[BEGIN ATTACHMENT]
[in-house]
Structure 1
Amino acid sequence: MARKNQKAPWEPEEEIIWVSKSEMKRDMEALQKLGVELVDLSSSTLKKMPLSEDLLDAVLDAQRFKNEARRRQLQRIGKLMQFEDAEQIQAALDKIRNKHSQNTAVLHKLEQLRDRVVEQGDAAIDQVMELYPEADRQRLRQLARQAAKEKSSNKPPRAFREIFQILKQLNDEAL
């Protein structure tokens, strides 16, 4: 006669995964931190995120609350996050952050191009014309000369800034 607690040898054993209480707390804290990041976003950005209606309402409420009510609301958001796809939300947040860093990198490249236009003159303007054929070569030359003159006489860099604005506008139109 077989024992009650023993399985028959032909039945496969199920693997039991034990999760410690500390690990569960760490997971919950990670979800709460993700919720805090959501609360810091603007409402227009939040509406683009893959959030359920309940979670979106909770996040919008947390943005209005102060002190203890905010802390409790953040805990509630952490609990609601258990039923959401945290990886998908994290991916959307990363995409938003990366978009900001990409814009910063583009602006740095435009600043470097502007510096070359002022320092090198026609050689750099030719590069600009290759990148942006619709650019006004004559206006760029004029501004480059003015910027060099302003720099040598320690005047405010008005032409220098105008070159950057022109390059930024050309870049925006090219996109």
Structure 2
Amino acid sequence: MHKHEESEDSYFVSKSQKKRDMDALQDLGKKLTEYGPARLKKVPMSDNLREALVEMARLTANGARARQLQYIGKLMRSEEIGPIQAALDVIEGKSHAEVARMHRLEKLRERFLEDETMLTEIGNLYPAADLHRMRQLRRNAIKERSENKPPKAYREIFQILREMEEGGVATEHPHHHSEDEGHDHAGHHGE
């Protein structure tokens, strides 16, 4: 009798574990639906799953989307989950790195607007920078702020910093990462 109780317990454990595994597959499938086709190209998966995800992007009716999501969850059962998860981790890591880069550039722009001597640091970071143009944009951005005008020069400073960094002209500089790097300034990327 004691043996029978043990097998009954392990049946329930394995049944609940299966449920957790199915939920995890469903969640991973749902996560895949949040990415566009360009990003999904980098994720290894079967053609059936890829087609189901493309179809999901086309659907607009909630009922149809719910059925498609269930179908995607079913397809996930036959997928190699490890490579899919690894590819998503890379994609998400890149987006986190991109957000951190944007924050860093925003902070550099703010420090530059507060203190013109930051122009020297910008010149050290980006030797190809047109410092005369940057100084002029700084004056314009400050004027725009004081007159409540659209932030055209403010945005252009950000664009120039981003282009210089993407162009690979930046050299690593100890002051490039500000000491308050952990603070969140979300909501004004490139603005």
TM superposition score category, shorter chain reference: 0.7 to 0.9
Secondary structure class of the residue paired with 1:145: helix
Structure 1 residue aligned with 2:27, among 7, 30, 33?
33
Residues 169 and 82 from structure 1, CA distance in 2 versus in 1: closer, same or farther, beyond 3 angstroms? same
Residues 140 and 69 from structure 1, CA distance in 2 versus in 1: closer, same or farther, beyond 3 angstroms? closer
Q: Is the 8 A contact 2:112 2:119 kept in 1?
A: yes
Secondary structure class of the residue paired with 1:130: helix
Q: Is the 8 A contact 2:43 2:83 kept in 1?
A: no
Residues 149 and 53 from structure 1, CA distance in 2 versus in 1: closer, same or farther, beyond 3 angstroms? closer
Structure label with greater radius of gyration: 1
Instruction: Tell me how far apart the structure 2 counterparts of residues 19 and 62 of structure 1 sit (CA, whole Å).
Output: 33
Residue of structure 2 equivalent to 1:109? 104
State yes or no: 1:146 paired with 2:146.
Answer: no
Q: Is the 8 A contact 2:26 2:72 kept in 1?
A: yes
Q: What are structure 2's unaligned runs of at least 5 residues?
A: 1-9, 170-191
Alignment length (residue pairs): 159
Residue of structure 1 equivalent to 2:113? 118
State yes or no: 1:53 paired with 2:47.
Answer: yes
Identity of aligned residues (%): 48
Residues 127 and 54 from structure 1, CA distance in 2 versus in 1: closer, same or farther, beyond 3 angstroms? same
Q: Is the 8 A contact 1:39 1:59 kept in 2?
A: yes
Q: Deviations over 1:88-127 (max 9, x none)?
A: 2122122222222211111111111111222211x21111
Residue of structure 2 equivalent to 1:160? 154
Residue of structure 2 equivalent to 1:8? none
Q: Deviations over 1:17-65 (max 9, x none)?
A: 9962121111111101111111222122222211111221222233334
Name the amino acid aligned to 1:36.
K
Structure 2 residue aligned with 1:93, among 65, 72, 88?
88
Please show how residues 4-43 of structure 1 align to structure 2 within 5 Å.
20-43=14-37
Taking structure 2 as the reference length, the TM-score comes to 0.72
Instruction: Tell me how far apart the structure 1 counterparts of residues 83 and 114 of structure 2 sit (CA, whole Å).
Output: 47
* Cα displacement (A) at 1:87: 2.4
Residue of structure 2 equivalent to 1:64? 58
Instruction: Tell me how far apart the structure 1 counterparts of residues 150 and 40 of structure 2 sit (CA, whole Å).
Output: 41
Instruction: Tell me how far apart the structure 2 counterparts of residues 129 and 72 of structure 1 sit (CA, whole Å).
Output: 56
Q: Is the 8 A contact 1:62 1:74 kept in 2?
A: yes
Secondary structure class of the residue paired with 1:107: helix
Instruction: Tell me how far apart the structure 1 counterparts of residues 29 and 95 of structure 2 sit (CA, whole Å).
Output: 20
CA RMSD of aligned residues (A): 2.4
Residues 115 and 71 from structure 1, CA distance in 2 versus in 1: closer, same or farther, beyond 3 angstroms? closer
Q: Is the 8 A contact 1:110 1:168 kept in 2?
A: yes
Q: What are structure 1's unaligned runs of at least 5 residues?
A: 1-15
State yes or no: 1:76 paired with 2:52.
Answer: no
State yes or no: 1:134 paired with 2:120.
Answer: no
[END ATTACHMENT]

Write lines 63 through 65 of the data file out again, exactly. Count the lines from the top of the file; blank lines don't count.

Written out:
Output: 20
CA RMSD of aligned residues (A): 2.4
Residues 115 and 71 from structure 1, CA distance in 2 versus in 1: closer, same or farther, beyond 3 angstroms? closer